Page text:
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Pulsar revises helium concentration at Topaz’s Jetstream 1 borehole to 13.8%

Ely Echo - Staff Photo - Create Article

Pulsar Helium announced Thursday it received the analytical laboratory results for gas samples from the Jetstream #1 appraisal well near Babbitt.

When the natural gas pocket was originally drilled into, the team at Pulsar took on-site tests to calculate helium concentration using a mass spectrometer.

This mass spectrometer measured helium concentrations of up to 12.4%, but in order to get a more accurate reading, the team sent 11 samples of the gas off to two different laboratories.

After analyzing the samples at the lab, Helium contents of up to 13.8% were measured from one of the samples obtained at 1,801ft in-hole depth.

The full suite of gas data was sent to Dr. Peter Barry, a noble gas isotope geochemist and associate scientist (an advisor to the company) at the Woods Hole Oceanographic Institution (WHOI).

He concluded the value of 13.8% helium represents a minimum source estimate for helium due to the clear presence of small amounts of atmospheric (air) contamination in the samples.

The presence of this contamination decreases the measured helium content relative to the true source helium concentration.

“Comparing this to our extensive database for helium occurrences around the world, we are pleased to say the results from the Jetstream #1 appraisal well are the highest helium concentrations that we have ever seen,” said Cliff Cain, CEO of the Edelgas Group (an international gas advisor firm that is engaged by Pulsar).

The next data Pulsar expects back is data including reservoir depth and porosity from their Jetstream 1 appraisal borehole, which is “imminent” according to the president of the company, Thomas Abraham-James.

After the appraisal borehole punctured the natural gas pocket late last month, employees from Baker Hughes sent various instruments into the hole.

The Baker Hughes employees took measurements such as reservoir depth and porosity, which will ultimately help Pulsar Helium determine whether the natural gas pocket is big enough and conducive for helium extraction.

The samples were delivered to an off-site lab not long after the drilling was completed, where samples are currently being meticulously analyzed.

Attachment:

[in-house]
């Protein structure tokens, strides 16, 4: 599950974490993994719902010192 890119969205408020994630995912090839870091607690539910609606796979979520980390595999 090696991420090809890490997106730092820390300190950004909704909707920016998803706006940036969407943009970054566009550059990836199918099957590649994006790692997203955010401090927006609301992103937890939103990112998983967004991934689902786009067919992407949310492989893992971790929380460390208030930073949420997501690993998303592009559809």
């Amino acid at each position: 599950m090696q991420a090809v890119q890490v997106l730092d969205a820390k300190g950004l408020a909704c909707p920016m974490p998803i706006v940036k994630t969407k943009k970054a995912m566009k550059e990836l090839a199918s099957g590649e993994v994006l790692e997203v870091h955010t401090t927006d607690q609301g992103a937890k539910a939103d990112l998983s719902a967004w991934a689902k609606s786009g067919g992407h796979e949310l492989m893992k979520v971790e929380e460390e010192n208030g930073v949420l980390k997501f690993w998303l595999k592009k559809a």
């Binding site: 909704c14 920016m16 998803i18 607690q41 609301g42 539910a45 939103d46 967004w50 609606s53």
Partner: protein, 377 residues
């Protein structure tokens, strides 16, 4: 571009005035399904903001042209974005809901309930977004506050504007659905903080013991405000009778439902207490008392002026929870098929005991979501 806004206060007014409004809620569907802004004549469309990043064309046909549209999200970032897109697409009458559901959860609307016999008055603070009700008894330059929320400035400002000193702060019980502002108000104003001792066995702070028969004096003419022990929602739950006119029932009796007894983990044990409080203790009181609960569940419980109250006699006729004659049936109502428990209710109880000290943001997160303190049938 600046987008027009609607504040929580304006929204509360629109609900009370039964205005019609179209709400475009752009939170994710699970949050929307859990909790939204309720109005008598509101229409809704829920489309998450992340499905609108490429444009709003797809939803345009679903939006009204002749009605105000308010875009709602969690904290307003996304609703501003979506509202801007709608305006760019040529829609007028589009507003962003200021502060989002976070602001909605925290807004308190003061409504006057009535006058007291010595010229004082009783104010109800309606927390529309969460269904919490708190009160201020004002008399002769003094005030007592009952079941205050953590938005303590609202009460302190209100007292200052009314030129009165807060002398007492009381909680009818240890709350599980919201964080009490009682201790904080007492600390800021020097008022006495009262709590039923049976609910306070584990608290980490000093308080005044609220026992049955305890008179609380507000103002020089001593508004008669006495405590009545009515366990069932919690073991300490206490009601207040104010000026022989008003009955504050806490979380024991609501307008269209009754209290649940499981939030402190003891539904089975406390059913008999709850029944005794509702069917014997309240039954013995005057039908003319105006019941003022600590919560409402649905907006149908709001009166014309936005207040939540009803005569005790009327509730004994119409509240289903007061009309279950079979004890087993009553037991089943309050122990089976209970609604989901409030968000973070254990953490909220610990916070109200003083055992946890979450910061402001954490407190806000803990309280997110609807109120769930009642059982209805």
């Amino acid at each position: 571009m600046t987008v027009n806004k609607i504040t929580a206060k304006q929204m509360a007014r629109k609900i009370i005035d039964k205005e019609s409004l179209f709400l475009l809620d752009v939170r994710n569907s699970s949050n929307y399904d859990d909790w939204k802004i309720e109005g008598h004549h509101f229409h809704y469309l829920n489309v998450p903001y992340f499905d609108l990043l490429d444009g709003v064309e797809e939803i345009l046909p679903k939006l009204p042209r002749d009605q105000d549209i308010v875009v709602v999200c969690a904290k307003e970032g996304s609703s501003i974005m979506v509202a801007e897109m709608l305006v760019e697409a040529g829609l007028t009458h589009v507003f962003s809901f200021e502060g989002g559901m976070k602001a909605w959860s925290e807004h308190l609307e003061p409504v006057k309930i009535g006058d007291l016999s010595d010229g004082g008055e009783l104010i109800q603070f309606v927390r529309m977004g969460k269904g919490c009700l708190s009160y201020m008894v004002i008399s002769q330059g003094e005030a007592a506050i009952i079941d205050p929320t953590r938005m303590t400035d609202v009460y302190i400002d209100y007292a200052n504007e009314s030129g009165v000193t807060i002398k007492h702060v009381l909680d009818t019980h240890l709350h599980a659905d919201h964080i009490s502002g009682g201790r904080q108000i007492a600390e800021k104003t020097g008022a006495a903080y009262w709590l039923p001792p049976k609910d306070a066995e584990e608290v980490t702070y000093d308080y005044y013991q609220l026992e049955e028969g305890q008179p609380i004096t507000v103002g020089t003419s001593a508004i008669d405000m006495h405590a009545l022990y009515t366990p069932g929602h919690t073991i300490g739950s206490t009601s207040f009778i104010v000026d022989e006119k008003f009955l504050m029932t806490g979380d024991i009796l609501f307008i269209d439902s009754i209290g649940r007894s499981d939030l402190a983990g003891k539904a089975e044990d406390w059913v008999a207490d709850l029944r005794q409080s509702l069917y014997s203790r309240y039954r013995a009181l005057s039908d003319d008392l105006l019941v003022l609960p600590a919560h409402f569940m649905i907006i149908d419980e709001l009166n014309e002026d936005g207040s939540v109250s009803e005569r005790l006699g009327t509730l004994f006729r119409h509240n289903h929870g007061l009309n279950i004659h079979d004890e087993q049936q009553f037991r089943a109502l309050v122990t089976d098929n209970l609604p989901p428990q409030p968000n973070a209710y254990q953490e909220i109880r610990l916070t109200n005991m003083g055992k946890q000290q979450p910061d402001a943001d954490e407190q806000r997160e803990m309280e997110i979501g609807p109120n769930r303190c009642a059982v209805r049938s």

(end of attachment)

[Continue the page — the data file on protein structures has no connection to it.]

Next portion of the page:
“That data is now in the process of being interpreted by Baker Hughes. We will be updating the market as soon as we receive it and letting everybody know,” said Abraham-James.

The data will help Pulsar Helium determine whether their drill pad near Babbitt, MN, is sitting on what many have said could be the largest helium reserve in the world.

“Once we have the data from the Jetstream 1 appraisal borehole, we’ll do a resource calculation in the vicinity of that drill hole, and we’ll then have a feel for what’s there,” said Abraham-James.

The news on the impending data was revealed in a press conference on Monday by Abraham-James and other employees.

According to Abraham-James, the next step in the process will be pressure and flow testing.

Due to abnormally high winter temperatures and the earlier-than-anticipated onset of Spring Load Restrictions on local roads, the well-testing package that includes flow testing, a pressure build-up program, and the collection of pressurized gas samples for laboratory analysis, is delayed until mandated road conditions allow heavy traffic to return.

Whether or not the natural gas pocket will be economical to extract the Helium is yet to be determined, but Abraham-James is steadfast in his commitment to hire local labor under the circumstance they build a helium processing plant.

“We already have that highly skilled workforce. We certainly wouldn’t be looking at bringing in any foreign labor,” said Abraham-James. “With that brings every advantage under the sun. You’re not looking at relocating people’s special packages or anything like that. You’re looking at using that local workforce that already exists.”

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